When we treated old mice with repeated intravenous infusions of young plasma (the liquid fraction of blood), these mice became smarter, performing more like young mice on multiple cognitive tests. Conversely, young mice exposed to aged blood or treated with aged plasma experienced accelerated aging of the brain and a loss of cognitive function.
Are these findings applicable to humans?
The findings have, in part, been translated to humans. In clinical trials, infusions of young plasma have produced significant benefits in Alzheimer’s patients. In a placebo-controlled, double blinded clinical trial (conducted by others), removing and replacing it with rich plasma albumin from young plasma donors in significant functional improvements in patients with Alzheimer’s.
This implies that the blood-exchange mouse experiments may be relevant to people and that blood plasma may hold the secret to rejuvenation.
You and your colleagues have identified numerous substances and proteins found in various body fluids and tissues, all acting at different sites to enhance the youthfulness of different types of cells in the brain. Can you explain how so many diverse substances, cell types and processes seem to produce similar results?
Biology is a complicated web of interconnected systems. There are several hundred thousand nodes in this network we call a biological organism, including proteins, sugars, lipids and metabolites. Each one of these components fulfills a function honored by evolution; sometimes it’s essential and irreplaceable, but often it’s redundant.
Imagine a flight map over the US including all carriers and consisting of hundreds of connection points, some more important than others. The network helps the economy run by bringing goods and people from one place to another. Removing some nodes could cause the system to collapse, while others can be put out of service with little impact.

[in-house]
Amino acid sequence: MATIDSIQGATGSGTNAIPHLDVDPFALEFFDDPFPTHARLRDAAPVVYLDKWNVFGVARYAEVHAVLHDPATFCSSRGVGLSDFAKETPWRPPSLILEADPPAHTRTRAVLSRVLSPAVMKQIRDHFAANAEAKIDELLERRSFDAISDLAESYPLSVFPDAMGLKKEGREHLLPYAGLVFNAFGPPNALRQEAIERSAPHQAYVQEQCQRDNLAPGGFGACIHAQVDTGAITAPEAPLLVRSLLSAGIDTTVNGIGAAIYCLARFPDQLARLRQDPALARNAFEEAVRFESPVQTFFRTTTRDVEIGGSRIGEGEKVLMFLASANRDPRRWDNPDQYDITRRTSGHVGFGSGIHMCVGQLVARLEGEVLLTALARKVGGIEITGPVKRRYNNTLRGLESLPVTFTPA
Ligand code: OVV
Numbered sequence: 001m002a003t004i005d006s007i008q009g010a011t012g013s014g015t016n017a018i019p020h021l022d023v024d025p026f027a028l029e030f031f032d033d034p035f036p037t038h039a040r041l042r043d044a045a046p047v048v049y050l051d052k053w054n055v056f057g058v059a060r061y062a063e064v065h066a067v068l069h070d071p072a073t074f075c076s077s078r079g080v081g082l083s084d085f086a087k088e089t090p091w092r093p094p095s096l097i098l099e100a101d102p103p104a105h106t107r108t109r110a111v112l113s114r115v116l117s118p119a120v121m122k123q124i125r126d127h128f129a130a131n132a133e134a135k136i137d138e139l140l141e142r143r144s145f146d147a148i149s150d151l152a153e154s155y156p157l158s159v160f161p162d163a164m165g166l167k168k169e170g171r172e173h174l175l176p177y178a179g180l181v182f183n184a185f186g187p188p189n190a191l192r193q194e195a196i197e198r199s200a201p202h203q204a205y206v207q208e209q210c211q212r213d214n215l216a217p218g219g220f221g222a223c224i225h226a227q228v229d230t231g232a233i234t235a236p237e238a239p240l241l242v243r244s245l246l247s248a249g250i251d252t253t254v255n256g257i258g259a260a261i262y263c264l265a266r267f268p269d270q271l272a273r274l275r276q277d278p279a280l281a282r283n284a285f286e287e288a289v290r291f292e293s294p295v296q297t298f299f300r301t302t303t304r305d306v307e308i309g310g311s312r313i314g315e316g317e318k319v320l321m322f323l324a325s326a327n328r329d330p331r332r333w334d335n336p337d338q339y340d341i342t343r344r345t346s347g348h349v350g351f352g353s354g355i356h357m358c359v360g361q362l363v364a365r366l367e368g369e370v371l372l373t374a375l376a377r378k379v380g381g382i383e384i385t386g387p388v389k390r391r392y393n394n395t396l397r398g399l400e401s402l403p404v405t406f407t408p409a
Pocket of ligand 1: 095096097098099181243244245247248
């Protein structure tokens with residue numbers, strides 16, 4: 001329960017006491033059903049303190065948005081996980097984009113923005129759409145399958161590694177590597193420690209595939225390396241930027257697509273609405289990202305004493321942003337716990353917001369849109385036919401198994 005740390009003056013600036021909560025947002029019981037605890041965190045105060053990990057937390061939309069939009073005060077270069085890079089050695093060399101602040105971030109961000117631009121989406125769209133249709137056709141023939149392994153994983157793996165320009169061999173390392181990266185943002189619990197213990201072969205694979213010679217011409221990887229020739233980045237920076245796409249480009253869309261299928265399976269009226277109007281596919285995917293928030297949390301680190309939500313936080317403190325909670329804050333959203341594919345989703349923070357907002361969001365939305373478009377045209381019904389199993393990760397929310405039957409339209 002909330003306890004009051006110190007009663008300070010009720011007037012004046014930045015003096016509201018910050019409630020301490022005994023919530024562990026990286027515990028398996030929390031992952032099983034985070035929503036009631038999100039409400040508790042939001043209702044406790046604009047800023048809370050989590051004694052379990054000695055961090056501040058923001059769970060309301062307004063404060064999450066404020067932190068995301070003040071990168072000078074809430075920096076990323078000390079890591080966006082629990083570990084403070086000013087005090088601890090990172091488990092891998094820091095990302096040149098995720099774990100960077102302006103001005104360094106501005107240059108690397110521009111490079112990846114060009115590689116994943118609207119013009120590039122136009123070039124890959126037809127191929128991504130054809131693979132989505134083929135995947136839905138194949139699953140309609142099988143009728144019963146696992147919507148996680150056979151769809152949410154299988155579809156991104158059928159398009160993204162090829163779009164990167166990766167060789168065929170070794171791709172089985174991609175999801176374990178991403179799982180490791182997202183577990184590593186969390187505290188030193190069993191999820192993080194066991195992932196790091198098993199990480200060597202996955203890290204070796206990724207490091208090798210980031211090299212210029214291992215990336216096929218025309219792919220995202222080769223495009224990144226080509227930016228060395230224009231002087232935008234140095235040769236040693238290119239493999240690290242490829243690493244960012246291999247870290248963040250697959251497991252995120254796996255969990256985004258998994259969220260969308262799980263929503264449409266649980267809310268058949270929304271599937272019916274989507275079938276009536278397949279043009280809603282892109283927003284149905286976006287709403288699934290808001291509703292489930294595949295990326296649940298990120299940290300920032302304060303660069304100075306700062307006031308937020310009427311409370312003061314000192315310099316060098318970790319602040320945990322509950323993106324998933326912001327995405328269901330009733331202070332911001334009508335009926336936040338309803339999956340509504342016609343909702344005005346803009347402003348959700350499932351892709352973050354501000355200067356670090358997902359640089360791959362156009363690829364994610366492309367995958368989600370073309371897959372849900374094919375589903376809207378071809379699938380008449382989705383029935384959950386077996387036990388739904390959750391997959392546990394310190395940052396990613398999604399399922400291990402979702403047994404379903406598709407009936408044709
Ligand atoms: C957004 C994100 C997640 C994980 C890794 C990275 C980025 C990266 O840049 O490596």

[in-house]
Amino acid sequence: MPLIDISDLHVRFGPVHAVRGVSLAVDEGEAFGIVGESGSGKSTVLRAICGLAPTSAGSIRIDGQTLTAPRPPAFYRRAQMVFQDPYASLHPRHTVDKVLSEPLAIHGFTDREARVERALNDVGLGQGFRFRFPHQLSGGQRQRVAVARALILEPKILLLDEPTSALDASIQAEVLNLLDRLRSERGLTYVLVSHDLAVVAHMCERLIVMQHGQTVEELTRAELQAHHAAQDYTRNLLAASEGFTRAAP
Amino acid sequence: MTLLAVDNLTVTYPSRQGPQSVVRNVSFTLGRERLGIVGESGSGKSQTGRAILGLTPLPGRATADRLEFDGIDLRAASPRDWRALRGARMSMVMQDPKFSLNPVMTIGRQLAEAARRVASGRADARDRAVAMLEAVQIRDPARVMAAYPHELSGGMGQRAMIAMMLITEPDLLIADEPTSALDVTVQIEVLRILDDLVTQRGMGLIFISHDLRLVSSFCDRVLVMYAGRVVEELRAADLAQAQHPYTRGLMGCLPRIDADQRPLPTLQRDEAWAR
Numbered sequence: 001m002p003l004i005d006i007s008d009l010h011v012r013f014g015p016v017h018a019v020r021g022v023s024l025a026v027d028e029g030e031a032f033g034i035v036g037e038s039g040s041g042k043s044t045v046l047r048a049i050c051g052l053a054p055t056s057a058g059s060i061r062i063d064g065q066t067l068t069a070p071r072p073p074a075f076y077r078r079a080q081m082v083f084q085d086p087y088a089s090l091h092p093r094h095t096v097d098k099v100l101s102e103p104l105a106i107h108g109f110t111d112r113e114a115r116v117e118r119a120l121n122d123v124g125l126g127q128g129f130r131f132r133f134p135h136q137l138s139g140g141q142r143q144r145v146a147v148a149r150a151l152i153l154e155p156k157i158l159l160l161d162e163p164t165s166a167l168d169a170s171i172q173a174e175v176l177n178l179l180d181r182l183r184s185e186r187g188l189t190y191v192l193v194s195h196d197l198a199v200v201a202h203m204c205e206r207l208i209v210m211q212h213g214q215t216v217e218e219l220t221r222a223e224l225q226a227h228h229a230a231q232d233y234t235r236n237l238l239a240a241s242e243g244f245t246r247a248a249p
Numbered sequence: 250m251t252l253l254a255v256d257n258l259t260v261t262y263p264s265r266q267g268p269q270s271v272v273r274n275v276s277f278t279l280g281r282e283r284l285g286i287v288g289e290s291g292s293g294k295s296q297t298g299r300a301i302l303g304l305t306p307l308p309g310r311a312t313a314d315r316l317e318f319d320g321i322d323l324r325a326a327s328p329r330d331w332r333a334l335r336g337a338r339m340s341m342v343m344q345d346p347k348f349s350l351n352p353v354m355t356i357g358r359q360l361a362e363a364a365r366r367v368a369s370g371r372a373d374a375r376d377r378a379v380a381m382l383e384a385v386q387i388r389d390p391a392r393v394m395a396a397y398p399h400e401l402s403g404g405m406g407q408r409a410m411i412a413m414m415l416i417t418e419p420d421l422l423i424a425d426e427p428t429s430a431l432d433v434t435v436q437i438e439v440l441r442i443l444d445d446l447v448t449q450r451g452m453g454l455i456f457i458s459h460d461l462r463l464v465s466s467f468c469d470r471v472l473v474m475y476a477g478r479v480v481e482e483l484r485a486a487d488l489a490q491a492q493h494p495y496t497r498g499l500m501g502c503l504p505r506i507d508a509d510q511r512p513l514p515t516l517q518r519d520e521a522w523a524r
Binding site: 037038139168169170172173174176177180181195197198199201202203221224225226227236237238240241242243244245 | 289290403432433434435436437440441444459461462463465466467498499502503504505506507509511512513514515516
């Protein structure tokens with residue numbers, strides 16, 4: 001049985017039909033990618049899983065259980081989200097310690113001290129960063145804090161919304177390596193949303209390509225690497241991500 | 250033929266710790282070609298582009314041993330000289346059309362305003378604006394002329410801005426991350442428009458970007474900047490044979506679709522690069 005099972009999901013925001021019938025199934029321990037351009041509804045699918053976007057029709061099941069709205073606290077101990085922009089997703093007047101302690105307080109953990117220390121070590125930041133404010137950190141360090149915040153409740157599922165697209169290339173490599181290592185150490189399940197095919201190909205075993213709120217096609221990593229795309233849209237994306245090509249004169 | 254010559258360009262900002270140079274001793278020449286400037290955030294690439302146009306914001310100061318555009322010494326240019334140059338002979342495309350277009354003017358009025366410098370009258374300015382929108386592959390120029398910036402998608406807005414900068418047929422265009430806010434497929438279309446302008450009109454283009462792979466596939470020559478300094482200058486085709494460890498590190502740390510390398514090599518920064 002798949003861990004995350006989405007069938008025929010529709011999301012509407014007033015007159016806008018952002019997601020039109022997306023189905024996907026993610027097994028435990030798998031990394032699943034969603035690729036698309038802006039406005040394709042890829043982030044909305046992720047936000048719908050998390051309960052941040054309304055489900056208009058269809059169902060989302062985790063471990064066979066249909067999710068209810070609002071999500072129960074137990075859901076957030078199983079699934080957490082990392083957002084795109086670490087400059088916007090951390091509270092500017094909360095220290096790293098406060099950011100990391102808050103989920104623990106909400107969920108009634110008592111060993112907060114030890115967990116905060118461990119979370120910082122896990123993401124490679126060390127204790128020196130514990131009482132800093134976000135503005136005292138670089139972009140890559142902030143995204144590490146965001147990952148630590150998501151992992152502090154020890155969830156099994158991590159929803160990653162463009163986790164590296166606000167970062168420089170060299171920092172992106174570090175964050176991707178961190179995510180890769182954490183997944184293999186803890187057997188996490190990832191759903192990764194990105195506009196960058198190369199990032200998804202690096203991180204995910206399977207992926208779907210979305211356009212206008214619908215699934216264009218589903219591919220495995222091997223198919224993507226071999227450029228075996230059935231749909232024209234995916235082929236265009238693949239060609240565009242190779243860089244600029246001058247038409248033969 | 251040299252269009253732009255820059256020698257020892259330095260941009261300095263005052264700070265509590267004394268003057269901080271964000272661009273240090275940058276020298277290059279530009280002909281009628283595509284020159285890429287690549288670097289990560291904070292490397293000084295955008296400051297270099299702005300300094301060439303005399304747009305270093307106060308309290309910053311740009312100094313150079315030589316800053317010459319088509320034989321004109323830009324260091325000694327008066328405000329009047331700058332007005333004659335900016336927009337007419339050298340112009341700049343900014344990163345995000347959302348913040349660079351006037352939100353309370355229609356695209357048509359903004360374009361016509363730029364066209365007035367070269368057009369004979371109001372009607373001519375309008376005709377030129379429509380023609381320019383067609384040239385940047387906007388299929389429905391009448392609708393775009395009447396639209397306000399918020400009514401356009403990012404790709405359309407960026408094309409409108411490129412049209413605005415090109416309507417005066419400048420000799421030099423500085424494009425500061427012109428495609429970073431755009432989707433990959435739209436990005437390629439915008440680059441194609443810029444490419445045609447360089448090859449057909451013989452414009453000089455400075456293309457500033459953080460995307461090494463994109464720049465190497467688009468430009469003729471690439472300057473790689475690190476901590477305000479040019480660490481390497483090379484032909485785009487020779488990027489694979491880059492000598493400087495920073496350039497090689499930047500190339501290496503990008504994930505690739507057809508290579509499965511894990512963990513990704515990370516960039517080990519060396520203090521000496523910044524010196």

Some of the most successful drugs—such as that workhorse anti-inflammatory, aspirin—have turned out to target multiple biological pathways across many different cell types and tissues. Young plasma or spinal fluid—nature’s cocktails—seem to contain dozens of beneficial proteins and likely to remain other kinds of molecules, and may well remain the most powerful elixir.
In mice, at least, it seems possible to achieve therapeutic benefits using individual protein factors we’ve identified. One protein may be particularly useful for delaying muscle loss, while another may boost brain function.
What can we all be doing in the here and now to keep our brains in shape?
Stress appears to be the biggest source of damage we can inflict on our bodies. It not only leads to physical symptoms such as high blood pressure, chest pain, digestive problems and sleep disruption; it also weakens the immune system and contributes to inflammation, possibly accelerating the aging process. Chronic stress is a key source of psychiatric manifestations and unhappiness.
A recent large study suggests that up to 40% of dementia in the US is driven by modifiable risk factors including hypertension, obesity and physical inactivity. Right now, there are no good pharmacological treatments for cognitive decline and neurodegeneration. In their absence some of the strongest scientifically documented benefits to brain function come from physical exercise.
About this aging and neuroscience research news
Author: Bruce Goldman
Contact: Bruce Goldman – Stanford
Image: The image is in the public domain